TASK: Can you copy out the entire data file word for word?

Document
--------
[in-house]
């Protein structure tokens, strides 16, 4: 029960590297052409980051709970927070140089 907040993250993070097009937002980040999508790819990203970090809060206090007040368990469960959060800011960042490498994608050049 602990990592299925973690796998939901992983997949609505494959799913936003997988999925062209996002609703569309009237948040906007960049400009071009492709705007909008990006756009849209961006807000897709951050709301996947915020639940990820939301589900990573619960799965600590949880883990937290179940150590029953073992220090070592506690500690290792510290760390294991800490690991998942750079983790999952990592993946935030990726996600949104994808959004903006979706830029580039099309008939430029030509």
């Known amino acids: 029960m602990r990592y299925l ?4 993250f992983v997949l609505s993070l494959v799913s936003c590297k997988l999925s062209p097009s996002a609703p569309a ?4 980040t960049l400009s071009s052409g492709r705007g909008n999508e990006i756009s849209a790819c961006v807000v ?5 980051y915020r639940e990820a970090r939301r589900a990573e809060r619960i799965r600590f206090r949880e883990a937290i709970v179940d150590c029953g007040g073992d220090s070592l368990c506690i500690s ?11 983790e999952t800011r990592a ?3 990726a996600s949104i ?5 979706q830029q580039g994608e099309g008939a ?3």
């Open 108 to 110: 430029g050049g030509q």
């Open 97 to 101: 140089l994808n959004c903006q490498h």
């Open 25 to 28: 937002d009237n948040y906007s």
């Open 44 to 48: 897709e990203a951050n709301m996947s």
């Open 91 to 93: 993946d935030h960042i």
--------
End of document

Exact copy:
[in-house]
């Protein structure tokens, strides 16, 4: 029960590297052409980051709970927070140089 907040993250993070097009937002980040999508790819990203970090809060206090007040368990469960959060800011960042490498994608050049 602990990592299925973690796998939901992983997949609505494959799913936003997988999925062209996002609703569309009237948040906007960049400009071009492709705007909008990006756009849209961006807000897709951050709301996947915020639940990820939301589900990573619960799965600590949880883990937290179940150590029953073992220090070592506690500690290792510290760390294991800490690991998942750079983790999952990592993946935030990726996600949104994808959004903006979706830029580039099309008939430029030509």
């Known amino acids: 029960m602990r990592y299925l ?4 993250f992983v997949l609505s993070l494959v799913s936003c590297k997988l999925s062209p097009s996002a609703p569309a ?4 980040t960049l400009s071009s052409g492709r705007g909008n999508e990006i756009s849209a790819c961006v807000v ?5 980051y915020r639940e990820a970090r939301r589900a990573e809060r619960i799965r600590f206090r949880e883990a937290i709970v179940d150590c029953g007040g073992d220090s070592l368990c506690i500690s ?11 983790e999952t800011r990592a ?3 990726a996600s949104i ?5 979706q830029q580039g994608e099309g008939a ?3």
């Open 108 to 110: 430029g050049g030509q």
């Open 97 to 101: 140089l994808n959004c903006q490498h």
């Open 25 to 28: 937002d009237n948040y906007s």
């Open 44 to 48: 897709e990203a951050n709301m996947s």
């Open 91 to 93: 993946d935030h960042i």